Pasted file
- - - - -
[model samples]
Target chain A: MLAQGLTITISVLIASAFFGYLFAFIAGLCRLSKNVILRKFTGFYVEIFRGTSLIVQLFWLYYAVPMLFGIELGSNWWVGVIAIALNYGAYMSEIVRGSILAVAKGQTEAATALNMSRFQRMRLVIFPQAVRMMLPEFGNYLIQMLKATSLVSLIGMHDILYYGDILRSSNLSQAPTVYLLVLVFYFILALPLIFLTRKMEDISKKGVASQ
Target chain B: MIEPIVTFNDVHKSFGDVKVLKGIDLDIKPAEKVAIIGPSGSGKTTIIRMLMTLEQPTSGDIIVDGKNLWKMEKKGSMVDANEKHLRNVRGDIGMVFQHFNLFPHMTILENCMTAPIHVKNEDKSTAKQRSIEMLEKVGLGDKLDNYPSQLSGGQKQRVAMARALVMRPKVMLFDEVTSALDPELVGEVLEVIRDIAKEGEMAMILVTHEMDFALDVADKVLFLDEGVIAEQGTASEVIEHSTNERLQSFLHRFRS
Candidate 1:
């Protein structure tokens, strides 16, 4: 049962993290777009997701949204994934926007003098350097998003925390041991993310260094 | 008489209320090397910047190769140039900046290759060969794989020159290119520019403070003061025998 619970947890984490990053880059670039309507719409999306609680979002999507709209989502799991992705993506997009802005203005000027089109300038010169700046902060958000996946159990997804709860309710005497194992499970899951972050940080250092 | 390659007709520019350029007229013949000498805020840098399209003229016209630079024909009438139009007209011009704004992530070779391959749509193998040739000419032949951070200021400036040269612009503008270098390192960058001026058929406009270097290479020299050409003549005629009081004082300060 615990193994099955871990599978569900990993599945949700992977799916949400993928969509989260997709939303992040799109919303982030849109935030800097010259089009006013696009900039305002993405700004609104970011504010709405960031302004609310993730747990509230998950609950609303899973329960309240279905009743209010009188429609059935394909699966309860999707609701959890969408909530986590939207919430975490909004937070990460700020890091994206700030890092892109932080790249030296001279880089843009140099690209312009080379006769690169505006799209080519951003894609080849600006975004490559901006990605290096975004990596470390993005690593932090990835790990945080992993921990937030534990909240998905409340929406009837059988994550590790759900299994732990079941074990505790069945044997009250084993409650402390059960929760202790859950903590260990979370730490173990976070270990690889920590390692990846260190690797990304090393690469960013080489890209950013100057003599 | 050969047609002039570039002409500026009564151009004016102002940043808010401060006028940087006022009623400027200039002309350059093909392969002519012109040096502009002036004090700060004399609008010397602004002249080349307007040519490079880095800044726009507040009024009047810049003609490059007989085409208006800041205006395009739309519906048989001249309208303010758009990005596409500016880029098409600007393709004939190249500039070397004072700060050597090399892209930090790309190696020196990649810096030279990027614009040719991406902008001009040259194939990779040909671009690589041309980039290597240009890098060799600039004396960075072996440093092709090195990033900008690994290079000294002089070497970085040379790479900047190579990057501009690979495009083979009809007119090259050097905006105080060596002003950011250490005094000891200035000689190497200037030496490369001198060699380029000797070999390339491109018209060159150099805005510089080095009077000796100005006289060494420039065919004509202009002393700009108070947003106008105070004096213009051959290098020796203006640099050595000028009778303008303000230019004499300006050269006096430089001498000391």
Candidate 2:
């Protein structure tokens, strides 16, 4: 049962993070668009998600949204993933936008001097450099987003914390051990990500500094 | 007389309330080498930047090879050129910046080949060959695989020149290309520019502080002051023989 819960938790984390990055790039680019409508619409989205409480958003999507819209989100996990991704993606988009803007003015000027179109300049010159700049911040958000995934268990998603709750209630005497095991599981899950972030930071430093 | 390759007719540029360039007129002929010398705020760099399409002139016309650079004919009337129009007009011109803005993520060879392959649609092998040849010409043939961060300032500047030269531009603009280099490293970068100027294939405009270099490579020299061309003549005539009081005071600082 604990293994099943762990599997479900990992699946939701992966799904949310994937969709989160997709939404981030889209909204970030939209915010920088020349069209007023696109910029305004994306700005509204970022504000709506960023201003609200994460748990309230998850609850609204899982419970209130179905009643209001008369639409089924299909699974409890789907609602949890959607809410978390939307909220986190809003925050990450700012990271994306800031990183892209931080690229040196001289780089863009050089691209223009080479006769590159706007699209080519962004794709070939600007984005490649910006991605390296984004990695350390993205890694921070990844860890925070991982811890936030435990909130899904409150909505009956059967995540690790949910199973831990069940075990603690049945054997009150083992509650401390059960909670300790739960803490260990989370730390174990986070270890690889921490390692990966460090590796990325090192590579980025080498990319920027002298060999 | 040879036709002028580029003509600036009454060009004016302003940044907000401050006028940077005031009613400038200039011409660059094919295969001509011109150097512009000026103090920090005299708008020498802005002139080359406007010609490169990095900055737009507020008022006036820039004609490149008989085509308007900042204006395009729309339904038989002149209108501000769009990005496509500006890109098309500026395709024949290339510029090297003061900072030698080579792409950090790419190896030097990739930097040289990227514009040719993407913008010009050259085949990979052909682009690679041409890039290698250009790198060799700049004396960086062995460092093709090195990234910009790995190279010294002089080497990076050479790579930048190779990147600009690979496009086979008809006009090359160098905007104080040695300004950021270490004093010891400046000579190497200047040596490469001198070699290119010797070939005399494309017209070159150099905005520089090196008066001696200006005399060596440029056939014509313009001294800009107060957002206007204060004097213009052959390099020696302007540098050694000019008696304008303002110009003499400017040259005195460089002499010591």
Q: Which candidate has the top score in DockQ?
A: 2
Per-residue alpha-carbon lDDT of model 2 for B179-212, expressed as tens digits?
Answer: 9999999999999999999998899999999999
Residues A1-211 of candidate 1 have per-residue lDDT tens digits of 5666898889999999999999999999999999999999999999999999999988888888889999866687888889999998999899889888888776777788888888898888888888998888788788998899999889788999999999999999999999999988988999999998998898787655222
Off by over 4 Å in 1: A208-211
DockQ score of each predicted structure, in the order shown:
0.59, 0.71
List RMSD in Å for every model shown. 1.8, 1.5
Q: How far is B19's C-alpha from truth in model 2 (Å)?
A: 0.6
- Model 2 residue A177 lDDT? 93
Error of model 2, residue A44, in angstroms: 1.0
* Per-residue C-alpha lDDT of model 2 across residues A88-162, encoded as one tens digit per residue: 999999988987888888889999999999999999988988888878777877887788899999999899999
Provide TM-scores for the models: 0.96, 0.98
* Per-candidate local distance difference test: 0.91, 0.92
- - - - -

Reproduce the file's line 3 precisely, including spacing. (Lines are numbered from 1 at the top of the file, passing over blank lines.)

Target chain B: MIEPIVTFNDVHKSFGDVKVLKGIDLDIKPAEKVAIIGPSGSGKTTIIRMLMTLEQPTSGDIIVDGKNLWKMEKKGSMVDANEKHLRNVRGDIGMVFQHFNLFPHMTILENCMTAPIHVKNEDKSTAKQRSIEMLEKVGLGDKLDNYPSQLSGGQKQRVAMARALVMRPKVMLFDEVTSALDPELVGEVLEVIRDIAKEGEMAMILVTHEMDFALDVADKVLFLDEGVIAEQGTASEVIEHSTNERLQSFLHRFRS